Is the Trump administration readying war plans against Iran? Somebody certainly wants us to think so. The question is who, and for what purpose?
A bombshell New York Times article details an updated military plan that was presented by Acting Defense Secretary Patrick Shanahan last week. The plan calls for up to 120,000 U.S. troops to be deployed to the Persian Gulf region “should Iran attack American forces or accelerate work on nuclear weapons.” This is cause for alarm. But the plan apparently does not call for a full ground invasion of Iran, which would require a much higher number of troops. And President Trump, who recently asked Iran’s leaders to call him on the phone, seems unlikely to authorize such a war, which would dismay a significant portion of his base as the 2020 campaign picks up.
The Trump administration’s frenzied provocations could lead America to the brink of a conflict with Iran-one that almost no one actually wants.
So, why are we reading about this in the newspaper? One possibility is that the war hawks in Trump’s White House want to publicly signal to Iran and the international community that the administration is prepared to use force in response to Iranian misbehavior. Another possibility is that the anonymous national-security officials who leaked this have grown uneasy about National Security Advisor John Bolton’s determination to attack Iran and change its regime. They might see his recent bureaucratic maneuvers, including a highly unusual visit to CIA headquarters and a recent incident in which he deliberately exaggerated raw intelligence in order to depict a long-scheduled carrier deployment to the Gulf as a deterrent threat to Iran, as dangerously provocative posturing that could unintentionally start a war. A third possibility is that both of these are happening simultaneously.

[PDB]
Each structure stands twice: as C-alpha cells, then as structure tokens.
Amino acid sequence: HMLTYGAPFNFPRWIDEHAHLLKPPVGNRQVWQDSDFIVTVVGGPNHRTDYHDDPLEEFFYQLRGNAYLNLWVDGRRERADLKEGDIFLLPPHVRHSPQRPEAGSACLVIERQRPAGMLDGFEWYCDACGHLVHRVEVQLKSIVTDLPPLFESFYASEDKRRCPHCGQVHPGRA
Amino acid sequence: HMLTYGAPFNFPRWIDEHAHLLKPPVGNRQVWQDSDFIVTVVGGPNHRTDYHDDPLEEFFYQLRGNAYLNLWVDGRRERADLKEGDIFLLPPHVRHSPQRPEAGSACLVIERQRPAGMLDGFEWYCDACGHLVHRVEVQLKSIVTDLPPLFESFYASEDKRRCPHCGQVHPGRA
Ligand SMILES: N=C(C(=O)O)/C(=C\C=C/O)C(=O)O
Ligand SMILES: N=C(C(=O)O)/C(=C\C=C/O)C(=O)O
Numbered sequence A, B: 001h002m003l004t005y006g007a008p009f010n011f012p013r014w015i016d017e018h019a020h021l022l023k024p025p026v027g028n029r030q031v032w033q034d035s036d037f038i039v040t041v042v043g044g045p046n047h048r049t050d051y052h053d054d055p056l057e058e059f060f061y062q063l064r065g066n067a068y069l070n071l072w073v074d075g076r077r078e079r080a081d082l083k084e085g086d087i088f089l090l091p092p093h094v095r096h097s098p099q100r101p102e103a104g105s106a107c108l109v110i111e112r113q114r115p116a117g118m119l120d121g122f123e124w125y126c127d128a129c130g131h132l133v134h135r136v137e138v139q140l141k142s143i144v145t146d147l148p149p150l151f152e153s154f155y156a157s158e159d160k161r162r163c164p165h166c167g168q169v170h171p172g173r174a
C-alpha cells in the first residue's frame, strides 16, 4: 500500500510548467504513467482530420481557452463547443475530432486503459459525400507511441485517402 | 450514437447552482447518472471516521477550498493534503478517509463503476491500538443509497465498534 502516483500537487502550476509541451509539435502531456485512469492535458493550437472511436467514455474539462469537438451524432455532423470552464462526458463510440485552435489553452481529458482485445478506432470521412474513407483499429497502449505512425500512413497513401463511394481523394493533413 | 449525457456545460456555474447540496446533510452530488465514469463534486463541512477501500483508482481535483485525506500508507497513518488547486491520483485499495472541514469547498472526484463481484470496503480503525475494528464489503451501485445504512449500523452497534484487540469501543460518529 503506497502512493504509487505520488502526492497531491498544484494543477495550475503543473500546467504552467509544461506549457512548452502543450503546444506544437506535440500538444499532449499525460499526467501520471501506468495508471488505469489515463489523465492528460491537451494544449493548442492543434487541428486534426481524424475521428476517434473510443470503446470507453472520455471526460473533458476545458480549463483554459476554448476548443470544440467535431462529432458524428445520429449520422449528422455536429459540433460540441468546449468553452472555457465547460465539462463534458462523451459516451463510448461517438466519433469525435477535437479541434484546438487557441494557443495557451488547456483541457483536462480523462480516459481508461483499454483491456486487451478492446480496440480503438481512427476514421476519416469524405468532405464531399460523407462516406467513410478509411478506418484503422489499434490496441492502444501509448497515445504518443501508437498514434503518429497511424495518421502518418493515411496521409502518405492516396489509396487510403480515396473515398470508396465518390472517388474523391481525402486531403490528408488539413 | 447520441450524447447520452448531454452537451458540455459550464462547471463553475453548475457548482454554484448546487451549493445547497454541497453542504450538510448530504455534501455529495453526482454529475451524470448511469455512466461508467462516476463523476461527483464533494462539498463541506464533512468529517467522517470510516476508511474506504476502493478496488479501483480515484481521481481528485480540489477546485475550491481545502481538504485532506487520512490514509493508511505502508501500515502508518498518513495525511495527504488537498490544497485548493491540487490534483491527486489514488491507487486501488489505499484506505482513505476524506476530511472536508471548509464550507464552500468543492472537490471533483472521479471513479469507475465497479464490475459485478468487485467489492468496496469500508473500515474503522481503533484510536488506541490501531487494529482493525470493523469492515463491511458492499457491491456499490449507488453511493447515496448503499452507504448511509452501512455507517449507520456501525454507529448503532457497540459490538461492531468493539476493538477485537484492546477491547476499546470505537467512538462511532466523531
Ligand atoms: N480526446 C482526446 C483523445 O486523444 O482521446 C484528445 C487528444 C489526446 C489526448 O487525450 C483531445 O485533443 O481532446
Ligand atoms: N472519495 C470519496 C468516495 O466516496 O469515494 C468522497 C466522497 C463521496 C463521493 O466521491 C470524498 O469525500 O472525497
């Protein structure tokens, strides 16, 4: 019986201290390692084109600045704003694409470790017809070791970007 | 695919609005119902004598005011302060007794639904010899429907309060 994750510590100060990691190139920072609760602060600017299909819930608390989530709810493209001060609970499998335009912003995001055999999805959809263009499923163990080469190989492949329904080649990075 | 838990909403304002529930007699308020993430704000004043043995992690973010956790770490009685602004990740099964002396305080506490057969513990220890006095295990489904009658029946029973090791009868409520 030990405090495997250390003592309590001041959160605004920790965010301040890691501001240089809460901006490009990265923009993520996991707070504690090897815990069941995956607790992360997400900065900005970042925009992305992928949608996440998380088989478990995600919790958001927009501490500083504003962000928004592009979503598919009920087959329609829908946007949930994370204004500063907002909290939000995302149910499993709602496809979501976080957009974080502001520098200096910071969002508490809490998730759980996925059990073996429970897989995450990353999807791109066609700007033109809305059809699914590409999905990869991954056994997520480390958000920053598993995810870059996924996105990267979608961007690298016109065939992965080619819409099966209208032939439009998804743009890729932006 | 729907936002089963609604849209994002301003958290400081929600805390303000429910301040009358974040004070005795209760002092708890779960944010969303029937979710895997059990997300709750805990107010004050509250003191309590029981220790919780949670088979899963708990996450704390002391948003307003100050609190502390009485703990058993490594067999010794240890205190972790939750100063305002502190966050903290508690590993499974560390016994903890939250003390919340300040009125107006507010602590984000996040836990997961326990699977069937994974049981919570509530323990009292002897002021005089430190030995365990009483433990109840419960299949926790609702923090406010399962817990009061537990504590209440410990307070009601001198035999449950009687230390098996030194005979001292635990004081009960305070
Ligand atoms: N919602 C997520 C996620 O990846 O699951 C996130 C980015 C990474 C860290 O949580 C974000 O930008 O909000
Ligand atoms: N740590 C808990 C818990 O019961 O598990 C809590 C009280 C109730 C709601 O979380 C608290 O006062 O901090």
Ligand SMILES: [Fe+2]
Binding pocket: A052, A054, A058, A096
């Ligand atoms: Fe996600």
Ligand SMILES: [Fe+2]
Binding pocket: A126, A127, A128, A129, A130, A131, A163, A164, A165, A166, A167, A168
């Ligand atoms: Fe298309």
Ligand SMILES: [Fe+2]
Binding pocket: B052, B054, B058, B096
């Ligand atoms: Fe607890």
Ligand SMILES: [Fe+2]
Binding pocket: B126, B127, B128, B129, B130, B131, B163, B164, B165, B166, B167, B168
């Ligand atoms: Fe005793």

The ongoing internal drama over Iran policy demonstrates how ill-equipped Trump is for the job of president. Three years into his first term, Trump is on his third national security advisor, his second Secretary of State, and the position of Defense Secretary has been vacant for four months following Mattis’s resignation in December. The president appears unable to unite his own cabinet around a clear strategy.
He has filled his national security team with war hawks and, with Iran tensions rising, the policy results reflect this quite well. The White House recently took the unprecedented measure of designating the Iranian Revolutionary Guard Corps as a terrorist organization, which officials have warned could put U.S. forces in the region at risk. The United States has also embarked on a concerted campaign of economic warfare against Iran, increasing sanctions and bullying the international community into zeroing out imports of Iranian oil. The resultant economic slump has caused tangible pain and suffering among the Iranian people (an intended consequence of the policy) and has bolstered the hardliners in Iran.